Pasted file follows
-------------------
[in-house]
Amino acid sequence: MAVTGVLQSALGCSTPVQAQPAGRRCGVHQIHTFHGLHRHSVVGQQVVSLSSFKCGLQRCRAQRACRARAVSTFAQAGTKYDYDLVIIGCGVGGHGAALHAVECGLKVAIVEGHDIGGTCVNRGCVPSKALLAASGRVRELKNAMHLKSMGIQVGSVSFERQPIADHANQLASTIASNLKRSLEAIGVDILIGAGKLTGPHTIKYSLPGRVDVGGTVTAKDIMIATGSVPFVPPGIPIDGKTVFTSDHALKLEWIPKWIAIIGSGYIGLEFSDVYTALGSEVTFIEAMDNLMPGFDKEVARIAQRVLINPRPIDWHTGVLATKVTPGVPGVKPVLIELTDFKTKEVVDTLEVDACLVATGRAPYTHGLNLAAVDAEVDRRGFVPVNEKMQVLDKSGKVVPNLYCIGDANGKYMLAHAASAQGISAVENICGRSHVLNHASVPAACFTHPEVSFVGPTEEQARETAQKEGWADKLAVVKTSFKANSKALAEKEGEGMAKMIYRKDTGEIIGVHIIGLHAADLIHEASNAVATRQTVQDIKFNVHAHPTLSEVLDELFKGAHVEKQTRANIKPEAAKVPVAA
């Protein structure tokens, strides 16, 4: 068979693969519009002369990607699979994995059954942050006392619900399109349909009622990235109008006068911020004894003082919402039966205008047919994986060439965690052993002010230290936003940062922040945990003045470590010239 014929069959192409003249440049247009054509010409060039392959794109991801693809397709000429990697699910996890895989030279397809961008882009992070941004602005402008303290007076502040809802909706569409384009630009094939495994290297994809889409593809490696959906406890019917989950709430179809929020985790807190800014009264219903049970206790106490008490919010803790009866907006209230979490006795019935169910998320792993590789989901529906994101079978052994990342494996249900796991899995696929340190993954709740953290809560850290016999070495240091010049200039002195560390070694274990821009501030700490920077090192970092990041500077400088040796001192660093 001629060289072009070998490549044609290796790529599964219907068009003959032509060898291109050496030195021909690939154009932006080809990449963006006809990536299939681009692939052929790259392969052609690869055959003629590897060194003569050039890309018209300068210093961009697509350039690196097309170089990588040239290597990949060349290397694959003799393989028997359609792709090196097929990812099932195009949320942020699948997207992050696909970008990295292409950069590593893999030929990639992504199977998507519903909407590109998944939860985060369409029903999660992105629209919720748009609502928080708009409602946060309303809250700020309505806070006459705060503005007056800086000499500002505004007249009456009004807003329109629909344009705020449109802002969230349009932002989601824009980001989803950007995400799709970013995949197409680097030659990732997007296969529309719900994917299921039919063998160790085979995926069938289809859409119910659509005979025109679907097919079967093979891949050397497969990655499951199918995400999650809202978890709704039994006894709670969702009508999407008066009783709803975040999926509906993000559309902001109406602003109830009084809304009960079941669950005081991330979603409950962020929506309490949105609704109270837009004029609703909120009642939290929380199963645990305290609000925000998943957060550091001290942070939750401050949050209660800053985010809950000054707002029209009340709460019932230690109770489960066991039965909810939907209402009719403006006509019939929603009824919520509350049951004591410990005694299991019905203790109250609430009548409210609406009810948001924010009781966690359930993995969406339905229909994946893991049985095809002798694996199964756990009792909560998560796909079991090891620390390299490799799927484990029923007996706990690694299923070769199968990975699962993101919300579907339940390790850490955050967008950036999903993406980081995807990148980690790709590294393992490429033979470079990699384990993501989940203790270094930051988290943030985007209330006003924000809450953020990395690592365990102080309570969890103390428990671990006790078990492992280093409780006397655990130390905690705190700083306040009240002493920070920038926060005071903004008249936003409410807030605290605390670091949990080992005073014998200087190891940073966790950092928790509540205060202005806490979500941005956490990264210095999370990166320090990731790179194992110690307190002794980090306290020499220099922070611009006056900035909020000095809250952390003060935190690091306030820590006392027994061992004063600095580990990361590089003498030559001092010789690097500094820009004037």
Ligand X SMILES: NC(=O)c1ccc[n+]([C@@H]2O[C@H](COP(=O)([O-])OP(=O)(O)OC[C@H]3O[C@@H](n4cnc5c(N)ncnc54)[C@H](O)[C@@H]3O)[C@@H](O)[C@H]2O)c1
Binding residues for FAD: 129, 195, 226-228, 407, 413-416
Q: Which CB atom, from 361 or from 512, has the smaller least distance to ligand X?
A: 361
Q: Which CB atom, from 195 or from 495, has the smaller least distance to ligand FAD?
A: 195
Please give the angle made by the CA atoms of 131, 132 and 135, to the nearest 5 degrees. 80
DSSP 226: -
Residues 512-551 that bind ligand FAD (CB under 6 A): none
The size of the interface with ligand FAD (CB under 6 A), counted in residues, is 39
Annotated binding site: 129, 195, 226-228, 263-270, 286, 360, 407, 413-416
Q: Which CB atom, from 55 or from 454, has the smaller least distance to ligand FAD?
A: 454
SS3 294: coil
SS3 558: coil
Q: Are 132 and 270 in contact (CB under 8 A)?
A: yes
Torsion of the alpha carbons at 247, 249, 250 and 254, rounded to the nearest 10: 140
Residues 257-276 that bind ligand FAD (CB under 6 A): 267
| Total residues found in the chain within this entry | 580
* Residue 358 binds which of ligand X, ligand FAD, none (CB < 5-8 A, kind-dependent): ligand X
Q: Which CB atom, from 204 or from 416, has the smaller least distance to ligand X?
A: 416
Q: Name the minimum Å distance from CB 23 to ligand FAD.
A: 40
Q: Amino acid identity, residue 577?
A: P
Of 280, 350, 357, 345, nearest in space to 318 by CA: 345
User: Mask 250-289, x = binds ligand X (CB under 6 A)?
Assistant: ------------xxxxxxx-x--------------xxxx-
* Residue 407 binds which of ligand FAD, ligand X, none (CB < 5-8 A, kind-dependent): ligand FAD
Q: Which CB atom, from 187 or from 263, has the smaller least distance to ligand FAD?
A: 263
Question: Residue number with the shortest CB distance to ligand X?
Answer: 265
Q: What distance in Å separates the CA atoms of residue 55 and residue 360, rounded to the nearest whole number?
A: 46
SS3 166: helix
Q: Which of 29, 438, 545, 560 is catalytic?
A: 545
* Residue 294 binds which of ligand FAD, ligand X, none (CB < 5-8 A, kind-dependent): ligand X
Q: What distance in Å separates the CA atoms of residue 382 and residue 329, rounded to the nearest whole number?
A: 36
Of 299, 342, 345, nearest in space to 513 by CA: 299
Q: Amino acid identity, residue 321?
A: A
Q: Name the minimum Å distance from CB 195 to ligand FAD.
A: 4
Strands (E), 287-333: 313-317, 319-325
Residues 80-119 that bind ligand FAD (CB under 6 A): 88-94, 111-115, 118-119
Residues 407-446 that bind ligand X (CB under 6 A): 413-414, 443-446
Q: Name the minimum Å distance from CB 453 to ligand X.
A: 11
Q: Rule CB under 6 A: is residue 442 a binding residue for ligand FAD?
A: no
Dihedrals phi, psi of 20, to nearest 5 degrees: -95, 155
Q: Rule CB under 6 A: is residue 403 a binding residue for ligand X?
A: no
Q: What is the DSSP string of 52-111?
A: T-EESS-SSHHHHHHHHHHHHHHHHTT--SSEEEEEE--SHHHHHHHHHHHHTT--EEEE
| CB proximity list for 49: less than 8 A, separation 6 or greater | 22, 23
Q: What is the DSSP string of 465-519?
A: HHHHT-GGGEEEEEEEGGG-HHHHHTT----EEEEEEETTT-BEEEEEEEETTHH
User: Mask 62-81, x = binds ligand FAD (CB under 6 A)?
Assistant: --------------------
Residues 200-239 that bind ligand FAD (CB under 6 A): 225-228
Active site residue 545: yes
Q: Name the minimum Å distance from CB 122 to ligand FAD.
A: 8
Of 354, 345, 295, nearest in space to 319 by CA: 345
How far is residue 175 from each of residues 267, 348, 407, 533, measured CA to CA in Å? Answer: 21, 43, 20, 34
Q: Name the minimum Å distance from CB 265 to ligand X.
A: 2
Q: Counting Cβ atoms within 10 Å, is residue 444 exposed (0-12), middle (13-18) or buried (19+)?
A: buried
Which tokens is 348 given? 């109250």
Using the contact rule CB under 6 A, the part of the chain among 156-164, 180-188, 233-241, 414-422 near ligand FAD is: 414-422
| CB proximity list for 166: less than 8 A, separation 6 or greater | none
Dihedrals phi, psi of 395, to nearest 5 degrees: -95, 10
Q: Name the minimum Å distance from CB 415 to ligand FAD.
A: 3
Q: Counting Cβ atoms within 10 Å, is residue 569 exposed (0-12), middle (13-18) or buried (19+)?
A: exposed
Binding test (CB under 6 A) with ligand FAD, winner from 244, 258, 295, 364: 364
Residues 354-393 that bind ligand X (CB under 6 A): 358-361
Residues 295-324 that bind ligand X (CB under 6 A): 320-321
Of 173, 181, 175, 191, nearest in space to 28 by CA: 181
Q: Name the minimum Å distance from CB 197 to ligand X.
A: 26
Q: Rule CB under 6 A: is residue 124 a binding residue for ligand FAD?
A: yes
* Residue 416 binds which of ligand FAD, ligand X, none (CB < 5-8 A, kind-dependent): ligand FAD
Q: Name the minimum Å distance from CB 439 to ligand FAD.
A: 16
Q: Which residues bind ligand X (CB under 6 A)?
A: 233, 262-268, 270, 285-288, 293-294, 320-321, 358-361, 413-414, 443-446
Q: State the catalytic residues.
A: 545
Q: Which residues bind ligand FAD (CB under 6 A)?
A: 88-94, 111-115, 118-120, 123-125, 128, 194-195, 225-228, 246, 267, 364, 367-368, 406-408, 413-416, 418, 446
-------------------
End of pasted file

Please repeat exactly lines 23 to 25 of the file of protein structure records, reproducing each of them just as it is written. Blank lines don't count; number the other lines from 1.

| Total residues found in the chain within this entry | 580
* Residue 358 binds which of ligand X, ligand FAD, none (CB < 5-8 A, kind-dependent): ligand X
Q: Which CB atom, from 204 or from 416, has the smaller least distance to ligand X?